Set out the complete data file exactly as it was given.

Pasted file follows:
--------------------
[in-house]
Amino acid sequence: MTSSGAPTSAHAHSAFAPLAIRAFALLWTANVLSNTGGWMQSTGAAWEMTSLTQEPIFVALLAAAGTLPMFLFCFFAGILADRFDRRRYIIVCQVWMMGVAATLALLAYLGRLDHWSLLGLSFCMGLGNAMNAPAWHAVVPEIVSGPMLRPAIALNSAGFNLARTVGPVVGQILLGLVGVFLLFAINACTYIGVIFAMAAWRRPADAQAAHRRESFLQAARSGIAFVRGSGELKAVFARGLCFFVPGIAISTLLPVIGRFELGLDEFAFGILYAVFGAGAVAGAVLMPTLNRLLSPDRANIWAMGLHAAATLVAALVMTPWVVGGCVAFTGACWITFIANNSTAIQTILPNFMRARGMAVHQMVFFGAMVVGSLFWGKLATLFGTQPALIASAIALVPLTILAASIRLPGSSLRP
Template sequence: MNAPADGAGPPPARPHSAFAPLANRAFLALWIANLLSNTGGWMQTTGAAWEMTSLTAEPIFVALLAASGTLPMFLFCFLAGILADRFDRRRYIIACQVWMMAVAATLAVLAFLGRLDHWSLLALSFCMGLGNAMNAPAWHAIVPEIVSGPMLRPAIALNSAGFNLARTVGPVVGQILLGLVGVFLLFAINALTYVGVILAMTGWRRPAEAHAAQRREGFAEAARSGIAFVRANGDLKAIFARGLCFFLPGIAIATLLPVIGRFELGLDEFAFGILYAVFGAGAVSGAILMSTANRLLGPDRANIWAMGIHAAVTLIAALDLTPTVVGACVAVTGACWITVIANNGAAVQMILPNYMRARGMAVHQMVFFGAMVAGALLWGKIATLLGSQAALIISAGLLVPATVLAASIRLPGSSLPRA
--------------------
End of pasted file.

[in-house]
Amino acid sequence: MTSSGAPTSAHAHSAFAPLAIRAFALLWTANVLSNTGGWMQSTGAAWEMTSLTQEPIFVALLAAAGTLPMFLFCFFAGILADRFDRRRYIIVCQVWMMGVAATLALLAYLGRLDHWSLLGLSFCMGLGNAMNAPAWHAVVPEIVSGPMLRPAIALNSAGFNLARTVGPVVGQILLGLVGVFLLFAINACTYIGVIFAMAAWRRPADAQAAHRRESFLQAARSGIAFVRGSGELKAVFARGLCFFVPGIAISTLLPVIGRFELGLDEFAFGILYAVFGAGAVAGAVLMPTLNRLLSPDRANIWAMGLHAAATLVAALVMTPWVVGGCVAFTGACWITFIANNSTAIQTILPNFMRARGMAVHQMVFFGAMVVGSLFWGKLATLFGTQPALIASAIALVPLTILAASIRLPGSSLRP
Template sequence: MNAPADGAGPPPARPHSAFAPLANRAFLALWIANLLSNTGGWMQTTGAAWEMTSLTAEPIFVALLAASGTLPMFLFCFLAGILADRFDRRRYIIACQVWMMAVAATLAVLAFLGRLDHWSLLALSFCMGLGNAMNAPAWHAIVPEIVSGPMLRPAIALNSAGFNLARTVGPVVGQILLGLVGVFLLFAINALTYVGVILAMTGWRRPAEAHAAQRREGFAEAARSGIAFVRANGDLKAIFARGLCFFLPGIAIATLLPVIGRFELGLDEFAFGILYAVFGAGAVSGAILMSTANRLLGPDRANIWAMGIHAAVTLIAALDLTPTVVGACVAVTGACWITVIANNGAAVQMILPNYMRARGMAVHQMVFFGAMVAGALLWGKIATLLGSQAALIISAGLLVPATVLAASIRLPGSSLPRA